IE: So you're saying too that if you have some marketing and communications behind this, this could actually increase the perceived value of your course and maybe even help usher in other courses within your program to adopt digital credentialing.
SM: Without a doubt. Yeah.
IE: I love that point. And you mentioned a word, this struck me. You said earners instead of learners. Is that a vernacular change that you've made at Credly?
SM: No. Some of us will say both, learner-earner, almost as a hyphenated term. There are some credentials where nobody goes through a... The issuer is not providing background education for it. Some certifications, you can learn the content elsewhere and then come take the test, and you get the certification, right? So in that case, somebody is an earner. In higher education, it's usually a use case where the person comes to school and they learn through that institution, and then they receive the credential. So then we would call them a learner. They could be a learner or an earner.
IE: Yeah, and you could probably also make a case that you are earning and learning, and you're learning and earning. So hence the hyphenation.
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IE: So last question or two here. How would you suggest an agency like Unincorporated, which is dedicated to the mission of higher education, how would you suggest an agency help implement digital credentials for the schools, colleges, and universities that they represent?
SM: I think maybe being aware of what the workplace needs are, what are the skills and competencies that are needed, and what credentials align with that and then help colleges and universities see where they might incorporate or design experiences that would verify those skills.
IE: Our agency hasn't been a champion for digital credentialing as part of the services that we consult on and provide. So having a sense of what those entry points are would be helpful for us. Is there anything else you want to leave the listeners with?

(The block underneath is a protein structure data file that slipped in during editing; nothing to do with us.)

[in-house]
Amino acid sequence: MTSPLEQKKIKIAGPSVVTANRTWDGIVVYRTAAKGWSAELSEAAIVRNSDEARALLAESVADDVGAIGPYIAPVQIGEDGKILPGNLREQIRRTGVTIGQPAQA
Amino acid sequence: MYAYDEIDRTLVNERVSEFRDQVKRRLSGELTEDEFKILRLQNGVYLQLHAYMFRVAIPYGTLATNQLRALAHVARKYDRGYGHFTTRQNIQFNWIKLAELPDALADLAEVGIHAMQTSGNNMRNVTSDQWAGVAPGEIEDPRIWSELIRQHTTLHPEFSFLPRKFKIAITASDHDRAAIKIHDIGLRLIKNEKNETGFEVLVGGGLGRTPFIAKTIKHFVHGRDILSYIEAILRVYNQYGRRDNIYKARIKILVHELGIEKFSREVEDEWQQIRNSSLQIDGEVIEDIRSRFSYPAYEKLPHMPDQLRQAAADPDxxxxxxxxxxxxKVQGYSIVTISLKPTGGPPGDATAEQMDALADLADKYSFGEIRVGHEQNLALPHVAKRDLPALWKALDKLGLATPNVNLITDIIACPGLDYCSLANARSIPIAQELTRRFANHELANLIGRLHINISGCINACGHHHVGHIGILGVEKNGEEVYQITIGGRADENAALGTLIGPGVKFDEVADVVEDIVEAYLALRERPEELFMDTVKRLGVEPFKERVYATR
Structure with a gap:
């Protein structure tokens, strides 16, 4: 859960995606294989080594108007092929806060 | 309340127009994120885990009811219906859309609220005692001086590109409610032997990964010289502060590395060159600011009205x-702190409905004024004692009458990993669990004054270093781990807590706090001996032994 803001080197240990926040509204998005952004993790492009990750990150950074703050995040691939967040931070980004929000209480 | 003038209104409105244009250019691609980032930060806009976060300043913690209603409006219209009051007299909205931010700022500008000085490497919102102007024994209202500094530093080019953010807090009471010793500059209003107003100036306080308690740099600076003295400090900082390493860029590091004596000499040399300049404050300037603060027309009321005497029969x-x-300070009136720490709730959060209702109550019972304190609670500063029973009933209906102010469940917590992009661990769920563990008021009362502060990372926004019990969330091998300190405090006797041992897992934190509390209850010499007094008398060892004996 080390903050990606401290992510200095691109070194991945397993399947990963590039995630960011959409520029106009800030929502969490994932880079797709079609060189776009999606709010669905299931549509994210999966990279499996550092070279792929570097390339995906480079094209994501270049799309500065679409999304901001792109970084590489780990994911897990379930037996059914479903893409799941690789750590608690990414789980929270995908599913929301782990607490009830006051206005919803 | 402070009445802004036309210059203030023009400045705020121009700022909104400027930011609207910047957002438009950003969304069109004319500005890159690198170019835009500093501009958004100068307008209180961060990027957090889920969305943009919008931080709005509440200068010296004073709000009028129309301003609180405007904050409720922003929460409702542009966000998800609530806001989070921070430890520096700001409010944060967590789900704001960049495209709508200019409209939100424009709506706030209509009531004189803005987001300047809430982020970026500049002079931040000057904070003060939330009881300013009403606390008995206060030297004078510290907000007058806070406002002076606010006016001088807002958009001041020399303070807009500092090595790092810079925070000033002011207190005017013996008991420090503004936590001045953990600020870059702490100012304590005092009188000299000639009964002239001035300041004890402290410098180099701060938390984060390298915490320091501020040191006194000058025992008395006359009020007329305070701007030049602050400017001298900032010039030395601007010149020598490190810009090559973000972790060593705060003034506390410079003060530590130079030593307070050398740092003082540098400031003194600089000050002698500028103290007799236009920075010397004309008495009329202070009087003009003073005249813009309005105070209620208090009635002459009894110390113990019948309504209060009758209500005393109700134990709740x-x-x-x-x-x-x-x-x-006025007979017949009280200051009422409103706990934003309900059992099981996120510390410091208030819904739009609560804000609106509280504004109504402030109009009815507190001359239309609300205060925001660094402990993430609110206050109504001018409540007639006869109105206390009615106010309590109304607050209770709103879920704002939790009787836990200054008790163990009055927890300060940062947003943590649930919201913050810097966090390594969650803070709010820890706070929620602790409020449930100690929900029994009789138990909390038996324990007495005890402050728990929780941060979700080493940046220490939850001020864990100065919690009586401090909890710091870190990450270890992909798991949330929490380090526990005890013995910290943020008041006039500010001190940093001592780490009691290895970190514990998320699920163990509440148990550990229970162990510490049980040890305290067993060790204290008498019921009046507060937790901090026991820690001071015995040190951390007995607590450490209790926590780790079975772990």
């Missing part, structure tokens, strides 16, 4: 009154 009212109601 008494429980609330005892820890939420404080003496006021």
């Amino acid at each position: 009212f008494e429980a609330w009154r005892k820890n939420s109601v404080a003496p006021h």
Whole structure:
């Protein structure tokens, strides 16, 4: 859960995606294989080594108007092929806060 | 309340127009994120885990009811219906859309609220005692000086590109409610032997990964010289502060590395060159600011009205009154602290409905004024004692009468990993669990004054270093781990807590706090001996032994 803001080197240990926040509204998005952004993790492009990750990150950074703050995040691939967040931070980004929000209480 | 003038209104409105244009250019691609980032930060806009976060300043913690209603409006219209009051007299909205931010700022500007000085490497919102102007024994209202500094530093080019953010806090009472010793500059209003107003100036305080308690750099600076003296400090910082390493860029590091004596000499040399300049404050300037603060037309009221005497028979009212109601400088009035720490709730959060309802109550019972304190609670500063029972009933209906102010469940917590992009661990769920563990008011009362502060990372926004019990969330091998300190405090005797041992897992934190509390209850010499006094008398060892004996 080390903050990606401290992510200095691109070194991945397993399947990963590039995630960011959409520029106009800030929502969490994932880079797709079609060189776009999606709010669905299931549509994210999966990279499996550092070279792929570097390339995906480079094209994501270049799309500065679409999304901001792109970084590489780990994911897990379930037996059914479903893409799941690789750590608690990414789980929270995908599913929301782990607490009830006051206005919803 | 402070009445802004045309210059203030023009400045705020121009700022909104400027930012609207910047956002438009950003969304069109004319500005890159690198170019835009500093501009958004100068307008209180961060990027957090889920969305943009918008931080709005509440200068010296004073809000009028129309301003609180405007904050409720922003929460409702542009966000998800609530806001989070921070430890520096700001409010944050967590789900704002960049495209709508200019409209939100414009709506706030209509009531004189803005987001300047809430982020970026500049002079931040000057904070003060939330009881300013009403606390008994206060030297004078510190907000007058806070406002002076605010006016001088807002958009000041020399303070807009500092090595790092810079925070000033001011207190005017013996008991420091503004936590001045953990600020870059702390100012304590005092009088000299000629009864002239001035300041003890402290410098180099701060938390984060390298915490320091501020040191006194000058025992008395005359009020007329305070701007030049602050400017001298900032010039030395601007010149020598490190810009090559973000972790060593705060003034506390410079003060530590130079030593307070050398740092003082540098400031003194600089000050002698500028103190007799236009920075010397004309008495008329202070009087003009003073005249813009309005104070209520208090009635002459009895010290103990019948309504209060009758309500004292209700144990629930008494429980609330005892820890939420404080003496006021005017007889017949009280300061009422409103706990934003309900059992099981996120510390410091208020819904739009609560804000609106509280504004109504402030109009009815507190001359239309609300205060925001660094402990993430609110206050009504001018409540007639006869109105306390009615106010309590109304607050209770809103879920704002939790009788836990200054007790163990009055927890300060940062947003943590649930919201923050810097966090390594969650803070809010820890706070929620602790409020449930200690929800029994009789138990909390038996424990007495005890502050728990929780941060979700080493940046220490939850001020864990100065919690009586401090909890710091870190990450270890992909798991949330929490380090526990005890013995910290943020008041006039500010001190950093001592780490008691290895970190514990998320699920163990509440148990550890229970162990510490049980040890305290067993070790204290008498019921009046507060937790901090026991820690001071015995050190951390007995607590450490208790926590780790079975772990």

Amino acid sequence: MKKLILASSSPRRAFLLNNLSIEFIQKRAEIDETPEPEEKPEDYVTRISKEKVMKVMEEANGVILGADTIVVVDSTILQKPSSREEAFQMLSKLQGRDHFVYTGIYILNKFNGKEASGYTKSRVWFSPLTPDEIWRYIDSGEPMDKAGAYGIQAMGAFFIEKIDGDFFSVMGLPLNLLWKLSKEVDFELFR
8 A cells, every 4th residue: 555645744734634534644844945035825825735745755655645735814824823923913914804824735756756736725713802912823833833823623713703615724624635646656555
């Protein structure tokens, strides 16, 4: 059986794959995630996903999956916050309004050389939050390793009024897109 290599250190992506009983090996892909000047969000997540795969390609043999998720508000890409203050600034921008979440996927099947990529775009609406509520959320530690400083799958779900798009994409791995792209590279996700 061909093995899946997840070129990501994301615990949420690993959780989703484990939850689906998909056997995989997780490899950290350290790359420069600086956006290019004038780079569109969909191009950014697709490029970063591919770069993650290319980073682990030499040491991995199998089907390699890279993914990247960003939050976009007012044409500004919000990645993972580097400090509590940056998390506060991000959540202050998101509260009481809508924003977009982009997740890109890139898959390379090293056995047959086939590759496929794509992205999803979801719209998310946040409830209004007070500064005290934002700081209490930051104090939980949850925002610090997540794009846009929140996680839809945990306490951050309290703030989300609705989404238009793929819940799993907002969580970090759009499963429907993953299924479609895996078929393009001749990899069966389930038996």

SM: Well, I think I'm going to double back to the success part and that there are people in the industry who can help you think through this and create a meaningful credential system that is valued by both the workforce, employers, as well as the people who are earning the credentials and are proud of those. There needs to be a full circle kind of experience for this to work. So you may need coaching in that area.
IE: What's the proper next step for someone who wants to go a little bit further?
SM: I think you are right that probably hitting our website and asking for a demo would be a great next step. We also have a series of monthly webinars that folks are welcome to join, at no cost, and on the Credly website, there are an amazing array of resources available. Former webinars, and you can search on just higher education and see a whole lot of content, whether it's webinars, podcasts, white papers, blog postings that are specific to higher education.
IE: Excellent. And I encourage everyone who is listening to go ahead and take that next step. Learn a bit more and reach out, I guess, with any additional questions to Credly. Susan, it's been a wonderful conversation. Thanks for your time. Thanks for coming on the show to share a bit more about digital credentialing and how this might play an important factor in course curriculum but also at the institutional level.